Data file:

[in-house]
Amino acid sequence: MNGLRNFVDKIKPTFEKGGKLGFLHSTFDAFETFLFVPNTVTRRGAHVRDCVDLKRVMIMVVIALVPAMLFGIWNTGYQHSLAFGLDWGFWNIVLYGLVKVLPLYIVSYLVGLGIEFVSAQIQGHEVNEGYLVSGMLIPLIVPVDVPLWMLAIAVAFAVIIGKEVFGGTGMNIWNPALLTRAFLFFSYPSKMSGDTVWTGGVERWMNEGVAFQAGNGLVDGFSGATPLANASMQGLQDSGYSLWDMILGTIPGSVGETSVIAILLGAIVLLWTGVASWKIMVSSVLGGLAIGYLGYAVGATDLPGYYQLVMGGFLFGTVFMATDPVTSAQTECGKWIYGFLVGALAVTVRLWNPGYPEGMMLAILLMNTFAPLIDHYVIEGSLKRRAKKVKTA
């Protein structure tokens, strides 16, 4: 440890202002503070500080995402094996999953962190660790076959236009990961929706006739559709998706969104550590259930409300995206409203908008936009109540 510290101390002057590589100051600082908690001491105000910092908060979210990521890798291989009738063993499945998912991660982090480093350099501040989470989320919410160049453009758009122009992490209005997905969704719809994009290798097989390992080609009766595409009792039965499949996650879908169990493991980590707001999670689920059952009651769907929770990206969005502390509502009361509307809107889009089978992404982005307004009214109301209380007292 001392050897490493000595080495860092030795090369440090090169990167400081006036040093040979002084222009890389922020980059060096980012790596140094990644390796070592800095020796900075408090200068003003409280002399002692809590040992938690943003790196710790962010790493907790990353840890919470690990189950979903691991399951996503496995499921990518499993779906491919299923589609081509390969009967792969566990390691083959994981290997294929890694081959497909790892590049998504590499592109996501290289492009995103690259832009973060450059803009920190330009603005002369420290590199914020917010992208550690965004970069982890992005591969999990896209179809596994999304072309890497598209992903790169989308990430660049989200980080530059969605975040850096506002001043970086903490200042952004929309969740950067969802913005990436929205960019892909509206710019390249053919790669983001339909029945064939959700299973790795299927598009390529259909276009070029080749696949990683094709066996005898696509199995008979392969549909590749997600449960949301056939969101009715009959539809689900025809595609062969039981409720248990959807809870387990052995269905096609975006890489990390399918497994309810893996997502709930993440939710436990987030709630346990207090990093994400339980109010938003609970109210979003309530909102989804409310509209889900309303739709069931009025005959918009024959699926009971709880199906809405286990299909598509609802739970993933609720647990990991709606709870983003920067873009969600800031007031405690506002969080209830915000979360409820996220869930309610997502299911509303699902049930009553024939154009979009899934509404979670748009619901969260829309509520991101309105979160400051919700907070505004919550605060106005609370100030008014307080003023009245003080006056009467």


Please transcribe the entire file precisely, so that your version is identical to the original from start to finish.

[in-house]
Amino acid sequence: MNGLRNFVDKIKPTFEKGGKLGFLHSTFDAFETFLFVPNTVTRRGAHVRDCVDLKRVMIMVVIALVPAMLFGIWNTGYQHSLAFGLDWGFWNIVLYGLVKVLPLYIVSYLVGLGIEFVSAQIQGHEVNEGYLVSGMLIPLIVPVDVPLWMLAIAVAFAVIIGKEVFGGTGMNIWNPALLTRAFLFFSYPSKMSGDTVWTGGVERWMNEGVAFQAGNGLVDGFSGATPLANASMQGLQDSGYSLWDMILGTIPGSVGETSVIAILLGAIVLLWTGVASWKIMVSSVLGGLAIGYLGYAVGATDLPGYYQLVMGGFLFGTVFMATDPVTSAQTECGKWIYGFLVGALAVTVRLWNPGYPEGMMLAILLMNTFAPLIDHYVIEGSLKRRAKKVKTA
């Protein structure tokens, strides 16, 4: 440890202002503070500080995402094996999953962190660790076959236009990961929706006739559709998706969104550590259930409300995206409203908008936009109540 510290101390002057590589100051600082908690001491105000910092908060979210990521890798291989009738063993499945998912991660982090480093350099501040989470989320919410160049453009758009122009992490209005997905969704719809994009290798097989390992080609009766595409009792039965499949996650879908169990493991980590707001999670689920059952009651769907929770990206969005502390509502009361509307809107889009089978992404982005307004009214109301209380007292 001392050897490493000595080495860092030795090369440090090169990167400081006036040093040979002084222009890389922020980059060096980012790596140094990644390796070592800095020796900075408090200068003003409280002399002692809590040992938690943003790196710790962010790493907790990353840890919470690990189950979903691991399951996503496995499921990518499993779906491919299923589609081509390969009967792969566990390691083959994981290997294929890694081959497909790892590049998504590499592109996501290289492009995103690259832009973060450059803009920190330009603005002369420290590199914020917010992208550690965004970069982890992005591969999990896209179809596994999304072309890497598209992903790169989308990430660049989200980080530059969605975040850096506002001043970086903490200042952004929309969740950067969802913005990436929205960019892909509206710019390249053919790669983001339909029945064939959700299973790795299927598009390529259909276009070029080749696949990683094709066996005898696509199995008979392969549909590749997600449960949301056939969101009715009959539809689900025809595609062969039981409720248990959807809870387990052995269905096609975006890489990390399918497994309810893996997502709930993440939710436990987030709630346990207090990093994400339980109010938003609970109210979003309530909102989804409310509209889900309303739709069931009025005959918009024959699926009971709880199906809405286990299909598509609802739970993933609720647990990991709606709870983003920067873009969600800031007031405690506002969080209830915000979360409820996220869930309610997502299911509303699902049930009553024939154009979009899934509404979670748009619901969260829309509520991101309105979160400051919700907070505004919550605060106005609370100030008014307080003023009245003080006056009467």